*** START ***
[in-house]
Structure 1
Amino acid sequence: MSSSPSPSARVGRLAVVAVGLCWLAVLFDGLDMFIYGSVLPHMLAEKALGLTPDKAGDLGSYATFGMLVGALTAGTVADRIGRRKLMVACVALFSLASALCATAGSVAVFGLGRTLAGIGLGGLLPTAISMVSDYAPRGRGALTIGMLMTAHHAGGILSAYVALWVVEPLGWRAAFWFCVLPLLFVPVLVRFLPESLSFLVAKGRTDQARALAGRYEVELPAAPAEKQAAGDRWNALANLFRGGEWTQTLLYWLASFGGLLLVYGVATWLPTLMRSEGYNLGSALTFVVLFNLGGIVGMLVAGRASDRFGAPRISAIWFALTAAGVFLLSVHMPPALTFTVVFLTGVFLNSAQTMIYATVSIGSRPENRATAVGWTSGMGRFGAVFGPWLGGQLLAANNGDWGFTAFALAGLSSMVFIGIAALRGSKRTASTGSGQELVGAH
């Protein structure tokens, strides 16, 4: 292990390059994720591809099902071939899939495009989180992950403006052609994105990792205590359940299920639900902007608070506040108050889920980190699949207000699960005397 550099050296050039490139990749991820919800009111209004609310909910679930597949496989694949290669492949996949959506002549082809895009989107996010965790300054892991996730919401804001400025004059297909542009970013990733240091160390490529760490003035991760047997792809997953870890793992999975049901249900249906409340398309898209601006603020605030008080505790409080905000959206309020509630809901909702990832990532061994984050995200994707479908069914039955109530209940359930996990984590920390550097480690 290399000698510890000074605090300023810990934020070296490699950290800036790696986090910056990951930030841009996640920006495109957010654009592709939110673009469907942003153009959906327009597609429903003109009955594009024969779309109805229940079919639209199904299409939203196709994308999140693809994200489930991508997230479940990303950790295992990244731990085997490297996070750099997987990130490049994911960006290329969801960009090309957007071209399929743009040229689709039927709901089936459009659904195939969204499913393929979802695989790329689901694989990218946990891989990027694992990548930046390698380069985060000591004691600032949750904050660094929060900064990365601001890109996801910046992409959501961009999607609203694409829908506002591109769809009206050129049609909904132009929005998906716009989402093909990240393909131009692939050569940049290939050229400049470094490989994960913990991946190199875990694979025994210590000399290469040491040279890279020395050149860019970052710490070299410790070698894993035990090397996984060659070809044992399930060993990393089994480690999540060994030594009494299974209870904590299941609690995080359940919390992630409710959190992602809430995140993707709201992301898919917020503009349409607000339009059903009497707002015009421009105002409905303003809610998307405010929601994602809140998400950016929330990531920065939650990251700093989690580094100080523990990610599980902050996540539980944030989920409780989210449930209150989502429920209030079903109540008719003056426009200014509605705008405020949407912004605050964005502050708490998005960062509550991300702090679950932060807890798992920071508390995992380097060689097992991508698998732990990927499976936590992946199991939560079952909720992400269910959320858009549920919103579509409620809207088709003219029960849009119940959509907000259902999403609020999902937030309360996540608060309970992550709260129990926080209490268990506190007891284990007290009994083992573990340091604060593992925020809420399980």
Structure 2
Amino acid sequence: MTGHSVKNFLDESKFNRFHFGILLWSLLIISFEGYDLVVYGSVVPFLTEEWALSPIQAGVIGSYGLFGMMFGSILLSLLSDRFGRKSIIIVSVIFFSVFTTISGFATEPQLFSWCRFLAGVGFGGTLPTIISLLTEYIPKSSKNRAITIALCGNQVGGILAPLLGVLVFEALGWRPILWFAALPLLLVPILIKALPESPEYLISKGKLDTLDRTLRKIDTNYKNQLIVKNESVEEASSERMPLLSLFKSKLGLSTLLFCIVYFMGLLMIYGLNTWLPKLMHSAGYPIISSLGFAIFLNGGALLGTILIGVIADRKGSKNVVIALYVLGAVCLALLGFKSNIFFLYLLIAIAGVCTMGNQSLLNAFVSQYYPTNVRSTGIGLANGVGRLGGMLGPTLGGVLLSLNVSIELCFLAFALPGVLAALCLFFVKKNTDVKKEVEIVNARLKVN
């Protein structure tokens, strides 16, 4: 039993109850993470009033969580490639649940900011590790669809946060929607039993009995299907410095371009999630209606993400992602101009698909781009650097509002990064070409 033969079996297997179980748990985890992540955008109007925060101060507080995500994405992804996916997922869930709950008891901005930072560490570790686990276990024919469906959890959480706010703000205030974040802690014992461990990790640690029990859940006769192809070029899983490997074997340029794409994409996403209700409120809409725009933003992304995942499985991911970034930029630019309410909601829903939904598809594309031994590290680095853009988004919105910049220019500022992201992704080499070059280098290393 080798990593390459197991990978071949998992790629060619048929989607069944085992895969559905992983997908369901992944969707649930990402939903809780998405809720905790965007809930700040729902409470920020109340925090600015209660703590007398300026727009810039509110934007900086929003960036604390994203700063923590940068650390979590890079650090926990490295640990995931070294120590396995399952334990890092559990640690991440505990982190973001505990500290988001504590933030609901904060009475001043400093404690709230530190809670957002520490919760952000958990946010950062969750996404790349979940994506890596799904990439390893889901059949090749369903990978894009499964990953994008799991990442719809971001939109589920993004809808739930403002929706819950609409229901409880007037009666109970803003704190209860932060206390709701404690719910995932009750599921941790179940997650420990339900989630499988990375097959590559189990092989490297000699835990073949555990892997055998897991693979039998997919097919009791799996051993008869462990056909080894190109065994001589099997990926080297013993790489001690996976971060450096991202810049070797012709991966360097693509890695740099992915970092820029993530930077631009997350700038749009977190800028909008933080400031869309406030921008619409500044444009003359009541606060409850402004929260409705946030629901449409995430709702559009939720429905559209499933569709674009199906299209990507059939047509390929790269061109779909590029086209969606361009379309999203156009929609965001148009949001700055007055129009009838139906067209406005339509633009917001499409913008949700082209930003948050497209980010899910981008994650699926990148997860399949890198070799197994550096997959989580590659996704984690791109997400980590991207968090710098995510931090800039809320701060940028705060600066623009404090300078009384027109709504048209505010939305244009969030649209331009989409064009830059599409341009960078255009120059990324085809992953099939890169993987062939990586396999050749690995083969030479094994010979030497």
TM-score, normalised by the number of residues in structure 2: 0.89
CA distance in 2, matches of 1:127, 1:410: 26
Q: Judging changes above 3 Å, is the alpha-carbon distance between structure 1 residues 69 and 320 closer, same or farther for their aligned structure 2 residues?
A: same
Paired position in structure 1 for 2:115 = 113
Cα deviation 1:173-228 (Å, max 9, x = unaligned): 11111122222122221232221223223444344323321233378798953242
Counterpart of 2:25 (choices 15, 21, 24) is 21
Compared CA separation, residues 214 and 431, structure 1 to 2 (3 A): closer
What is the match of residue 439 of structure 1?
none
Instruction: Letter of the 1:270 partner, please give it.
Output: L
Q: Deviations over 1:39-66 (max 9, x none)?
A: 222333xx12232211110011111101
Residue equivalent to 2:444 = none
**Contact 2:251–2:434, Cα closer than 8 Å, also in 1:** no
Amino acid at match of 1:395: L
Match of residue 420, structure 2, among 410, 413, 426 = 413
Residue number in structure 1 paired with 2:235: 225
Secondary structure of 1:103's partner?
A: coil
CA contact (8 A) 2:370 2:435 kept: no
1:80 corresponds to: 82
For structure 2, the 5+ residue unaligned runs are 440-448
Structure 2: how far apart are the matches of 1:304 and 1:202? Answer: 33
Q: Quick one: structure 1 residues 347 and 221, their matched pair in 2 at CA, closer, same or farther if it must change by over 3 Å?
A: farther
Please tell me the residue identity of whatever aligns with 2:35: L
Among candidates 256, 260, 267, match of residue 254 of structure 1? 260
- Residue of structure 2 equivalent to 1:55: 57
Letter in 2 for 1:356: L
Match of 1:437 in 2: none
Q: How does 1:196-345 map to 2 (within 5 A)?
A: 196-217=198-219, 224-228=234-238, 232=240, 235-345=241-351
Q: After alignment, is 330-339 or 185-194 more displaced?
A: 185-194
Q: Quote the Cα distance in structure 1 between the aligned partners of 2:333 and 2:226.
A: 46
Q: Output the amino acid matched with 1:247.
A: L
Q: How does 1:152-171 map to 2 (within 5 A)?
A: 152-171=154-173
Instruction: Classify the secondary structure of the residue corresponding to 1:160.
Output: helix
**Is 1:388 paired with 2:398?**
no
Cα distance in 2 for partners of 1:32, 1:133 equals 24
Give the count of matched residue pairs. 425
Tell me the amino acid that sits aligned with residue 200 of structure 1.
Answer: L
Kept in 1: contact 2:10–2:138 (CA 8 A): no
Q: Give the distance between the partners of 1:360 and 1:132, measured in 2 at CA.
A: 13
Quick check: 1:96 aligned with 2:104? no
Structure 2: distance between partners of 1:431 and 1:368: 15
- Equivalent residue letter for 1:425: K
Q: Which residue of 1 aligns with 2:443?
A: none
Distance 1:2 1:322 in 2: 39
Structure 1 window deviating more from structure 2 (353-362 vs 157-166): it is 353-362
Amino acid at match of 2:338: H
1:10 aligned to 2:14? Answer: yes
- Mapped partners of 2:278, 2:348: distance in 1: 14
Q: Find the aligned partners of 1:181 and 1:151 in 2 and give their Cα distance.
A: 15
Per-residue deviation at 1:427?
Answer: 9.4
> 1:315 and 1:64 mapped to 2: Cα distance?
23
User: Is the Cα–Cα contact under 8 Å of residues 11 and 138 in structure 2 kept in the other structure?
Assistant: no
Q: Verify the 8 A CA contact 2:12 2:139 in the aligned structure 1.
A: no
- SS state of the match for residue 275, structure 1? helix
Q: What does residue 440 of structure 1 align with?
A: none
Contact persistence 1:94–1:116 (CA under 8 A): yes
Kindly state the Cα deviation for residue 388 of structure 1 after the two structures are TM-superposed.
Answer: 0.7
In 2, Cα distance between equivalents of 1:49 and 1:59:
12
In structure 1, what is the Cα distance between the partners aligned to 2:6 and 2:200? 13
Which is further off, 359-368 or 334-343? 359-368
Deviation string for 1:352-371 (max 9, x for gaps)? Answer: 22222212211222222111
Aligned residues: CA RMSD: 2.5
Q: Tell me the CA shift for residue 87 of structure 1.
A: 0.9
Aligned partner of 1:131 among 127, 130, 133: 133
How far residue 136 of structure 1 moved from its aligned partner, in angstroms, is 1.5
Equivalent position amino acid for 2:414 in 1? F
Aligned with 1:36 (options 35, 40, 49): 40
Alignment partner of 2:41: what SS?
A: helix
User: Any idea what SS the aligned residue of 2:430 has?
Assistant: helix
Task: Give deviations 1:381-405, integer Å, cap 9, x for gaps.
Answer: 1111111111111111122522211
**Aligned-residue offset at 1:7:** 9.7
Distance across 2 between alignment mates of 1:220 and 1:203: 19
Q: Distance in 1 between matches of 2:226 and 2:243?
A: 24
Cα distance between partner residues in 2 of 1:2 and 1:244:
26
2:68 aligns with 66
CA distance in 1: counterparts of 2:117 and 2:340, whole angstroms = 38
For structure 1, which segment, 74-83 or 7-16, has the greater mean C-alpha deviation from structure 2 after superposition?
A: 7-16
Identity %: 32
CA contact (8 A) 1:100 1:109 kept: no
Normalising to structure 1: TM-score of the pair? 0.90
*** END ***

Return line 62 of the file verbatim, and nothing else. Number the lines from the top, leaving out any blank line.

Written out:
Structure 2: distance between partners of 1:431 and 1:368: 15